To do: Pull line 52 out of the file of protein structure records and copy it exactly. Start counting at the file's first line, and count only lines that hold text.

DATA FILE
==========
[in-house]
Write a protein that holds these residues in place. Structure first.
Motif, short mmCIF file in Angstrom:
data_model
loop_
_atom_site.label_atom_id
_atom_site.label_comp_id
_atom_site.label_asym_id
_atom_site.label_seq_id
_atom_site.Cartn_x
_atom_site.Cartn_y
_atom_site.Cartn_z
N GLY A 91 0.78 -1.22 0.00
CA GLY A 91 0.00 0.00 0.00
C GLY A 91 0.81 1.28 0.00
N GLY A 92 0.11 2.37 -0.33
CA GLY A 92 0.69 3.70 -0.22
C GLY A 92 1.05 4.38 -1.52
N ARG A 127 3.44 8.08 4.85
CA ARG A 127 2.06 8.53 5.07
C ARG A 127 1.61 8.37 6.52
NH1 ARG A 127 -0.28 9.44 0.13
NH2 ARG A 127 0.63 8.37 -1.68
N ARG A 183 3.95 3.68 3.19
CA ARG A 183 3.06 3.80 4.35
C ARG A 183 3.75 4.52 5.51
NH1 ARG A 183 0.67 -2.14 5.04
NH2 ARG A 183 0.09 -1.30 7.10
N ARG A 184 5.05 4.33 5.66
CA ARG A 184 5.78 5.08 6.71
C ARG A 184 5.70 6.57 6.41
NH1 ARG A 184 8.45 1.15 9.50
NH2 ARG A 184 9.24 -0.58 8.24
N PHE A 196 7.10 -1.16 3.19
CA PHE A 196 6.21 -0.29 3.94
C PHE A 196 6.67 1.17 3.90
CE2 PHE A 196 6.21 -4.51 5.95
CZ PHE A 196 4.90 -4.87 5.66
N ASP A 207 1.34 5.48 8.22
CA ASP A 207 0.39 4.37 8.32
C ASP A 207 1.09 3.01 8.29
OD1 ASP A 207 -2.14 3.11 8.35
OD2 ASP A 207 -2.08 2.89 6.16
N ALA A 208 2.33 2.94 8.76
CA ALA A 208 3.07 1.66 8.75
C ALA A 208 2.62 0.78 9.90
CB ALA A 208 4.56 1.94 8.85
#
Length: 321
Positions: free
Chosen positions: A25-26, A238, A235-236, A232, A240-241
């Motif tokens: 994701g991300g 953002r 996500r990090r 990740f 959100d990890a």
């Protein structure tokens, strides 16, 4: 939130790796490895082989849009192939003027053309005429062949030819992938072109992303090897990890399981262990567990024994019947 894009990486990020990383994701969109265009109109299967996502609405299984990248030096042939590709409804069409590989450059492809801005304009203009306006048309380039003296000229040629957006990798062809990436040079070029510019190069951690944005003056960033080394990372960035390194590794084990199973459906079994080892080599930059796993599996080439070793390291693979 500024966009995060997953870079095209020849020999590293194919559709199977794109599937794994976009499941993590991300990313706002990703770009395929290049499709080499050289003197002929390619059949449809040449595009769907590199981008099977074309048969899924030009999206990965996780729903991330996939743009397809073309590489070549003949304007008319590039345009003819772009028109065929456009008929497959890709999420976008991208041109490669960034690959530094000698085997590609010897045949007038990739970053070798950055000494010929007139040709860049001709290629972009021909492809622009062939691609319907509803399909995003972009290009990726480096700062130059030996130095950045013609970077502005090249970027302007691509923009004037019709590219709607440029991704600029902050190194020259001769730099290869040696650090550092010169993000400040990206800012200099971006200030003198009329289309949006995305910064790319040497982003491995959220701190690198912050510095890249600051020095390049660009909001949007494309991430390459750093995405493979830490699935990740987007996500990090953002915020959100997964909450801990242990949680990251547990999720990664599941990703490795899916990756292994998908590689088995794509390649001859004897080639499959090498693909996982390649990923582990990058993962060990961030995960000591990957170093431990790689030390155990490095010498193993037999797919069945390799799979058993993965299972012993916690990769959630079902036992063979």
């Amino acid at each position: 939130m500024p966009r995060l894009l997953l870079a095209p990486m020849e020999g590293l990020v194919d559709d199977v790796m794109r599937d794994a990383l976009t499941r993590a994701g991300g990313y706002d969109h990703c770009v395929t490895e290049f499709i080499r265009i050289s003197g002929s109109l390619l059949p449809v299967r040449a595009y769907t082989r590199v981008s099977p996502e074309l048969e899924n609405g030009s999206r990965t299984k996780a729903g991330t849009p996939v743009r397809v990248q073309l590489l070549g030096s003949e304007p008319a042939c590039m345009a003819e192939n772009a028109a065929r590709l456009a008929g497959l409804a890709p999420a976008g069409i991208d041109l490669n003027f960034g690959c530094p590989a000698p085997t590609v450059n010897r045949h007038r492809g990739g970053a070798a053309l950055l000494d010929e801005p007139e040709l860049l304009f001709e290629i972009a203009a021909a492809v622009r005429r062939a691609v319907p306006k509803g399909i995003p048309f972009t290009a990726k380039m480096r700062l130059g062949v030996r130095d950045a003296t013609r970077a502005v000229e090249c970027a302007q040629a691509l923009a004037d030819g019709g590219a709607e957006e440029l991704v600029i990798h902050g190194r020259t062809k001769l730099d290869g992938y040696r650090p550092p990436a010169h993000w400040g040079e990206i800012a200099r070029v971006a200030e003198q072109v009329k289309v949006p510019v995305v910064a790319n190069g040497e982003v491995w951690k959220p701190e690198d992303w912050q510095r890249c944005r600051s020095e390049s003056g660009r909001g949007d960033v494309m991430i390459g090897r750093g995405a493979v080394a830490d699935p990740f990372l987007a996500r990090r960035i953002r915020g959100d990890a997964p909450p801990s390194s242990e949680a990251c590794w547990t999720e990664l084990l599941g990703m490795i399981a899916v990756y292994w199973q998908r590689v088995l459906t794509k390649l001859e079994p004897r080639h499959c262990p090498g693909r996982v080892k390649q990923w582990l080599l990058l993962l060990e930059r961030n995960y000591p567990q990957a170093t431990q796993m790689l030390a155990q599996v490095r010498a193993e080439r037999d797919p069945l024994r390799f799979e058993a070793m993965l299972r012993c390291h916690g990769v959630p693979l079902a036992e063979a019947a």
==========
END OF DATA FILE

């Motif tokens: 994701g991300g 953002r 996500r990090r 990740f 959100d990890a």